In certain embodiments, commercial products are derived from a genetically engineered crop plants, for example, cereals and pulses, maize, wheat, potatoes, tapioca, rice, sorghum, millet, cassaya, barley, pea, and other root, tuber, or seed crops. In one embodiment, commercial products are derived from a genetically engineered (e.g., comprising overexpression of CCA1 and GLK1 and underexpression of bZIP1 in the vegetative tissues of the plant) cereal crops, including, but are not limited to, any species of grass, or grain plant (e.g., barley, corn, oats, rice, wild rice, rye, wheat, millet, sorghum, triticale, etc.), non-grass plants (e.g., buckwheat flax, legumes or soybeans, etc.). In another embodiments, commercial products are derived from a genetically engineered (e.g., comprising overexpression of bZIP1 and optionally underexpression of CCA1 and/or GLK1 in leaf or seed tissue of the plant) grain plants that provide seeds of interest, oil-seed plants and leguminous plants. In other embodiments, commercial products are derived from a genetically engineered grain seed plants, such as corn, wheat, barley, rice, sorghum, rye, etc. In yet other embodiments, commercial products are derived from a genetically engineered (e.g., comprising overexpression of bZIP1 and optionally underexpression of CCA1 and/or GLK1 in leaf or seed tissue of the plant) oil seed plants, such as cotton, soybean, safflower, sunflower, Brassica, maize, alfalfa, palm, coconut, etc. In certain embodiments, commercial products are derived from a genetically engineered oil-seed rape, sugar beet, maize, sunflower, soybean, or sorghum. In some embodiments, commercial products are derived from a genetically engineered leguminous plants, such as beans and peas (e.g., guar, locust bean, fenugreek, soybean, garden beans, cowpea, mungbean, lima bean, fava bean, lentils, chickpea, etc.)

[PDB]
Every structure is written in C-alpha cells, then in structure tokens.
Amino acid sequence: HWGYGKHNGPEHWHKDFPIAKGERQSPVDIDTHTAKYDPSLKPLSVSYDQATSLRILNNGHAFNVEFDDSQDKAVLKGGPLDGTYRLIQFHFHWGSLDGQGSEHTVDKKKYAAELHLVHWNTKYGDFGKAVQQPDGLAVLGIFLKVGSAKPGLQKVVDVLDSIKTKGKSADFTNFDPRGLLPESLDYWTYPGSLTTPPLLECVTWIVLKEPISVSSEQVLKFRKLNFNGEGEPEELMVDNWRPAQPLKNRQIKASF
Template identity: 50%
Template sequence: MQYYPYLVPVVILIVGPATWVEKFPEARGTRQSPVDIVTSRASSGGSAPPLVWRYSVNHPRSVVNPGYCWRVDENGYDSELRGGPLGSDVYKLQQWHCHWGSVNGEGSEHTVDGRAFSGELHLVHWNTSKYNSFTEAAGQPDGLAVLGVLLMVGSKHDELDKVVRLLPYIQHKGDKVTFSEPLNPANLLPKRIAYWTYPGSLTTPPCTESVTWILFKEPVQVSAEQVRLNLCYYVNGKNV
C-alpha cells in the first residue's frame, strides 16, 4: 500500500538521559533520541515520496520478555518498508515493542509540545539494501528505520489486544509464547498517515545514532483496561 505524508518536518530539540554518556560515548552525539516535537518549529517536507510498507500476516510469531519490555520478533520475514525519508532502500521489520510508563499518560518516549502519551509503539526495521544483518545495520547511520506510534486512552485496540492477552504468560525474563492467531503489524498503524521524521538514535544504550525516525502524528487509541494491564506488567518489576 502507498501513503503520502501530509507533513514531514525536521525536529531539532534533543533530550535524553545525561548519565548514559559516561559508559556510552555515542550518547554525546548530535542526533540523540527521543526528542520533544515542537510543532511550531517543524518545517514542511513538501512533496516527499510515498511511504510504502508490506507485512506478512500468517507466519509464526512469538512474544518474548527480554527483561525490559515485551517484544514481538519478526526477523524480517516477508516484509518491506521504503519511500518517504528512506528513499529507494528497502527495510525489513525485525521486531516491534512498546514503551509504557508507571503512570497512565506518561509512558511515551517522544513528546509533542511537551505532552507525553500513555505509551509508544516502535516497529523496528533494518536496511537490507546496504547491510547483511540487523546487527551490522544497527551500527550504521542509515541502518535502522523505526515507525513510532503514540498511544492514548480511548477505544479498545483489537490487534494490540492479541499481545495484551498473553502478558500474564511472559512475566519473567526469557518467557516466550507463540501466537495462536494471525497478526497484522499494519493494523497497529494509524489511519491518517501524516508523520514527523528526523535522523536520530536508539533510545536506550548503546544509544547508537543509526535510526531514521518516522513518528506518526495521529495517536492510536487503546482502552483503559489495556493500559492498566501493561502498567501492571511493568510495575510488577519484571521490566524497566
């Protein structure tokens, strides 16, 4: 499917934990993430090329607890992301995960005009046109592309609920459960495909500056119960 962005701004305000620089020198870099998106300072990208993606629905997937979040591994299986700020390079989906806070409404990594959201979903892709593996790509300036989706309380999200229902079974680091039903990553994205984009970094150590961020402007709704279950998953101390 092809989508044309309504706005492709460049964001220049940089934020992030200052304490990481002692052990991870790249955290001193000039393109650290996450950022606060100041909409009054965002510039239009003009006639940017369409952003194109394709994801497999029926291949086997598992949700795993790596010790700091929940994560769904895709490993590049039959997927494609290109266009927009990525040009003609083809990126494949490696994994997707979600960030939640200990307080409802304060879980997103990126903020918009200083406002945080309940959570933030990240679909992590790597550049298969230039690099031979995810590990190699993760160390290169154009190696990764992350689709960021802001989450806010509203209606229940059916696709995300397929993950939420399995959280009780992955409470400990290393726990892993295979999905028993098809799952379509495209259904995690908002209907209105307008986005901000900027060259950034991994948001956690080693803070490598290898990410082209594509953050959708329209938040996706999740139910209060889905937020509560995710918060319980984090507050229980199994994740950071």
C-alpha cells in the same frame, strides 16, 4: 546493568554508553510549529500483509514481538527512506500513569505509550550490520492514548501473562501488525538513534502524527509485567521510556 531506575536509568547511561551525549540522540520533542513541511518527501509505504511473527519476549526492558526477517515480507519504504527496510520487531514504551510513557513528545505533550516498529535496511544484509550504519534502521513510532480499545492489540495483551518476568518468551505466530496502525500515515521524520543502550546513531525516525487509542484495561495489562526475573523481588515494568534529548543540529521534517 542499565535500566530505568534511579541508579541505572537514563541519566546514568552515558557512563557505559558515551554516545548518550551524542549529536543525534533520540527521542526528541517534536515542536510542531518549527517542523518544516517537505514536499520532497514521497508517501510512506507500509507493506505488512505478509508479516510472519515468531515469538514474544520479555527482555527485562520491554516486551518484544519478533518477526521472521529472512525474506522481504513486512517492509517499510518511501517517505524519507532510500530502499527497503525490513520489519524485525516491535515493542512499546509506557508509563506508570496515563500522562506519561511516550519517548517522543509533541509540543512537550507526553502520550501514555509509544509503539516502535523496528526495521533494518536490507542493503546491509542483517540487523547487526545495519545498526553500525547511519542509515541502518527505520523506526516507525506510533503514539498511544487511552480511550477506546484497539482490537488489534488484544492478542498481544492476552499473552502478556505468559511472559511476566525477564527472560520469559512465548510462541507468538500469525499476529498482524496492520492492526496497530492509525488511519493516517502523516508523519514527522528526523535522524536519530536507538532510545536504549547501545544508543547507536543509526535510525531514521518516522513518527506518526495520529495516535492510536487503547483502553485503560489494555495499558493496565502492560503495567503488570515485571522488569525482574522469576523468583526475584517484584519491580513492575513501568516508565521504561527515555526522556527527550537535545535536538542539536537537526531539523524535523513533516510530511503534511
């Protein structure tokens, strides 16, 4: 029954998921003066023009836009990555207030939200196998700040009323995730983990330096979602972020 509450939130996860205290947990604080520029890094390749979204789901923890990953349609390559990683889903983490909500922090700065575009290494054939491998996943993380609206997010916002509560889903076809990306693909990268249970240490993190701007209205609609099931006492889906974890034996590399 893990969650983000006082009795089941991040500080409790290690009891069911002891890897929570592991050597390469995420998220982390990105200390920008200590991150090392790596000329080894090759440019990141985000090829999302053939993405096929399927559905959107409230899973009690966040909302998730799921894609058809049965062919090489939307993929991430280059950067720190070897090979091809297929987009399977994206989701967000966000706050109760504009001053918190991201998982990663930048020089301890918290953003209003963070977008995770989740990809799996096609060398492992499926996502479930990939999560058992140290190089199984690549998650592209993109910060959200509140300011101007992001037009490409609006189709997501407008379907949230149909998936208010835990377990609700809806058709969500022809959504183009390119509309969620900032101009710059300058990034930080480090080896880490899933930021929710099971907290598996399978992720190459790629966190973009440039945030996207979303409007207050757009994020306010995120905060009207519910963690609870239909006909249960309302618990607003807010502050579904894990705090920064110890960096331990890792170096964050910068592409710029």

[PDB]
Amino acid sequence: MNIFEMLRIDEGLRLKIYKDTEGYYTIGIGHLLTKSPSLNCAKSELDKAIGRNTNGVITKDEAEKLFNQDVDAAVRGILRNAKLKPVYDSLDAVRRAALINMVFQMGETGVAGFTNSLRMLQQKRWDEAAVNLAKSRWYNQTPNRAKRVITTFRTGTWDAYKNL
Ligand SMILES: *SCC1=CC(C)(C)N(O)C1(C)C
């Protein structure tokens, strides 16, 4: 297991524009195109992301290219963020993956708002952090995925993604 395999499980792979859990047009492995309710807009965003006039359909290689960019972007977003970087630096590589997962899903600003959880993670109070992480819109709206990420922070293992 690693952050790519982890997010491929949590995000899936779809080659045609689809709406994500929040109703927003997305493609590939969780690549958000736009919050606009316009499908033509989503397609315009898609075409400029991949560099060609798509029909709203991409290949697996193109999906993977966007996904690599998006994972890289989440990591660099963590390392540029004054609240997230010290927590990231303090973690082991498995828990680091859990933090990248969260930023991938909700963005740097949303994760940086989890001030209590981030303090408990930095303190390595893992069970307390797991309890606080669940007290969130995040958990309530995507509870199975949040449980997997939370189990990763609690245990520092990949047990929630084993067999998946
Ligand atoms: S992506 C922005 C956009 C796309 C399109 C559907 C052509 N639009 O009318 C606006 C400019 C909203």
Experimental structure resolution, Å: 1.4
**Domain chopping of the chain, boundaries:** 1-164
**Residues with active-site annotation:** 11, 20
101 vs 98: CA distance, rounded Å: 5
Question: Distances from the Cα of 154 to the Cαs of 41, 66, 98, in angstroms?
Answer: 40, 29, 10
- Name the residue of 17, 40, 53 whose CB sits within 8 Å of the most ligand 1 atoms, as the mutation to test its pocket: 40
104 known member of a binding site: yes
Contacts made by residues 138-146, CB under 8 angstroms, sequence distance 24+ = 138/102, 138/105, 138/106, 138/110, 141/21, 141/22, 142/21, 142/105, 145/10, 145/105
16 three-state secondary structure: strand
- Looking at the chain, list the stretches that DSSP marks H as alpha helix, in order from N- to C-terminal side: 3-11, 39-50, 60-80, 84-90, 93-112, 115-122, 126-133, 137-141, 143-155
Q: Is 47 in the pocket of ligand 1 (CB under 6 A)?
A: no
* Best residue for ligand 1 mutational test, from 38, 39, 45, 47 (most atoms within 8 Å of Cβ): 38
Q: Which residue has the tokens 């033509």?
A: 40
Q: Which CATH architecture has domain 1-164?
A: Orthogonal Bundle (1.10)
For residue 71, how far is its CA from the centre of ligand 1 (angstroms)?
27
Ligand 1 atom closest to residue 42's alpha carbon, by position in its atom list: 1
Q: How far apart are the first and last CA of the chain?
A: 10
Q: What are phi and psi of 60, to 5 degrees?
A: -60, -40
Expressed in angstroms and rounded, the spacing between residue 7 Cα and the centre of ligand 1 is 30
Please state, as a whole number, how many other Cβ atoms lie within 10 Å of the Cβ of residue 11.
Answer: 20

In certain embodiments, commercial products are derived from a genetically engineered horticultural plant of the present invention, such as lettuce, endive, and vegetable brassicas including cabbage, broccoli, and cauliflower, and carnations and geraniums; tomato, tobacco, cucurbits, carrot, strawberry, sunflower, tomato, pepper, chrysanthemum, poplar, eucalyptus, and pine.